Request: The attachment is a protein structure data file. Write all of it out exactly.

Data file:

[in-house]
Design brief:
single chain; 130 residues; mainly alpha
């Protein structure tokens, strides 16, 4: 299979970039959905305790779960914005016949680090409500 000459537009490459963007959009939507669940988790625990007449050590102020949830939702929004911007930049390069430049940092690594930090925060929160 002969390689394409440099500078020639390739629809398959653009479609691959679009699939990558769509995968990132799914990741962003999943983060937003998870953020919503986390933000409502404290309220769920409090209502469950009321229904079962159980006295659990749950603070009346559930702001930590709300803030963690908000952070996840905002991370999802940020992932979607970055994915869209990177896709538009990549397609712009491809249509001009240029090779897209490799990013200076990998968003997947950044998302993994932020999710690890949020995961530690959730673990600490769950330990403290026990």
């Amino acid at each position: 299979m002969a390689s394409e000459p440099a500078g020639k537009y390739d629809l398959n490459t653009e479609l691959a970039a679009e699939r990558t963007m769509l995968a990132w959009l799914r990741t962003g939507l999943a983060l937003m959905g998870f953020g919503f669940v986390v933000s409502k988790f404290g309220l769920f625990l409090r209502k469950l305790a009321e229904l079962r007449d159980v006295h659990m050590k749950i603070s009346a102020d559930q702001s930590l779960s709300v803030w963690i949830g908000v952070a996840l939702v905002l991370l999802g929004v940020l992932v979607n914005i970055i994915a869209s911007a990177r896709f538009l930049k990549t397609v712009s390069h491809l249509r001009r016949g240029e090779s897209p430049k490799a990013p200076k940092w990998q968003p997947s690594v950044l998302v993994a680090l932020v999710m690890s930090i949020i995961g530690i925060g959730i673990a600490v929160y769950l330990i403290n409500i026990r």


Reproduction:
[in-house]
Design brief:
single chain; 130 residues; mainly alpha
């Protein structure tokens, strides 16, 4: 299979970039959905305790779960914005016949680090409500 000459537009490459963007959009939507669940988790625990007449050590102020949830939702929004911007930049390069430049940092690594930090925060929160 002969390689394409440099500078020639390739629809398959653009479609691959679009699939990558769509995968990132799914990741962003999943983060937003998870953020919503986390933000409502404290309220769920409090209502469950009321229904079962159980006295659990749950603070009346559930702001930590709300803030963690908000952070996840905002991370999802940020992932979607970055994915869209990177896709538009990549397609712009491809249509001009240029090779897209490799990013200076990998968003997947950044998302993994932020999710690890949020995961530690959730673990600490769950330990403290026990």
């Amino acid at each position: 299979m002969a390689s394409e000459p440099a500078g020639k537009y390739d629809l398959n490459t653009e479609l691959a970039a679009e699939r990558t963007m769509l995968a990132w959009l799914r990741t962003g939507l999943a983060l937003m959905g998870f953020g919503f669940v986390v933000s409502k988790f404290g309220l769920f625990l409090r209502k469950l305790a009321e229904l079962r007449d159980v006295h659990m050590k749950i603070s009346a102020d559930q702001s930590l779960s709300v803030w963690i949830g908000v952070a996840l939702v905002l991370l999802g929004v940020l992932v979607n914005i970055i994915a869209s911007a990177r896709f538009l930049k990549t397609v712009s390069h491809l249509r001009r016949g240029e090779s897209p430049k490799a990013p200076k940092w990998q968003p997947s690594v950044l998302v993994a680090l932020v999710m690890s930090i949020i995961g530690i925060g959730i673990a600490v929160y769950l330990i403290n409500i026990r």